I spent a great deal of time as a college undergrad learning how to be me and be funny at the same time. I don't know how successful I was on other people's laugh meters, but to me, I'd done it -- I felt like a more entertaining and interesting version of myself, like I'd grown into my social sneakers, finally. It was actually a lot more work than anyone might have guessed, but it paid off, and I left college happier with who I was than when I left high school.
And so it's ... well, FUNNY to me that after all that time and effort, after all the trial-and-error spent on concepts like flippancy, sarcasm, well-timed comments and quick quips, that now all I have to do is jump out from behind the couch, and my son thinks I am a comic genius. His laughter ennervates me, emboldens me, makes it possible to shed any inhibitions I might have in the space of a blink, and so I find myself going to all kinds of foolish lengths, making myriad ridiculous faces and sounds, dancing in my family room in ways that would socially cripple me in the real world, just to hear him laugh maniacally. "More," he signs, falling over laughing, "Please, more, pleaseMORE." And so I do it again. Whatever it was, I do it again, sometimes long past the point of being able to stand the feeling of my face making THAT FACE one more time, and yet I do it again. Because he laughs.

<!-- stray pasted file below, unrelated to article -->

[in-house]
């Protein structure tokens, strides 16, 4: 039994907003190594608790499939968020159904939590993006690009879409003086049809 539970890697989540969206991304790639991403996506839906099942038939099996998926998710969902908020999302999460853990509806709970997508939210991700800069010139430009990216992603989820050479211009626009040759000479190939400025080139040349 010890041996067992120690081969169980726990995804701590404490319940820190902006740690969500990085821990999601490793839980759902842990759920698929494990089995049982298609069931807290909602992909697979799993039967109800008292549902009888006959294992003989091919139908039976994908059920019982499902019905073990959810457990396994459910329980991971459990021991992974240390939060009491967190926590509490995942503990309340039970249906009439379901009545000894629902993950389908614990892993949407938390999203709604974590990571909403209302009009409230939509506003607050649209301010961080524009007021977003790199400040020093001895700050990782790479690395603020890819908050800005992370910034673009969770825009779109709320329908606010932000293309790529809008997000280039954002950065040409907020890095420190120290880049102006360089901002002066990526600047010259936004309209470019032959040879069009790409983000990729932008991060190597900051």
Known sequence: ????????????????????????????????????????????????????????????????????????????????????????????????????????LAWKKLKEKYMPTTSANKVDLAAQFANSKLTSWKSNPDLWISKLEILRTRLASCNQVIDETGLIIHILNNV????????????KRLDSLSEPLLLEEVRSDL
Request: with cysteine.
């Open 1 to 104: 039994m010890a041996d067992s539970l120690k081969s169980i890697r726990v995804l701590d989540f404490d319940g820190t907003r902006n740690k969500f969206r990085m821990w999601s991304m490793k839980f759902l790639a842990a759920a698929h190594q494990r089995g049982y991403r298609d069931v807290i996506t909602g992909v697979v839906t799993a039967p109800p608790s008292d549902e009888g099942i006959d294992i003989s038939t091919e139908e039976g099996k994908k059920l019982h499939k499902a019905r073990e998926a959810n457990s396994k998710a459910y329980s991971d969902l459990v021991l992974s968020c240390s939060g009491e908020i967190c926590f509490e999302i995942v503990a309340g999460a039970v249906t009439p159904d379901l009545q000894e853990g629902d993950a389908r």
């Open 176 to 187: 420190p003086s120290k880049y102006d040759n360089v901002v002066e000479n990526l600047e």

I am finally the funny one. And sometimes it's inconvenient, like when I have to spoon-feed him his dinner around the laughter because the thing-that's-funny is the only thing keeping him eating, but it's always precious.
And I was right. It totally feels good to be the funny one.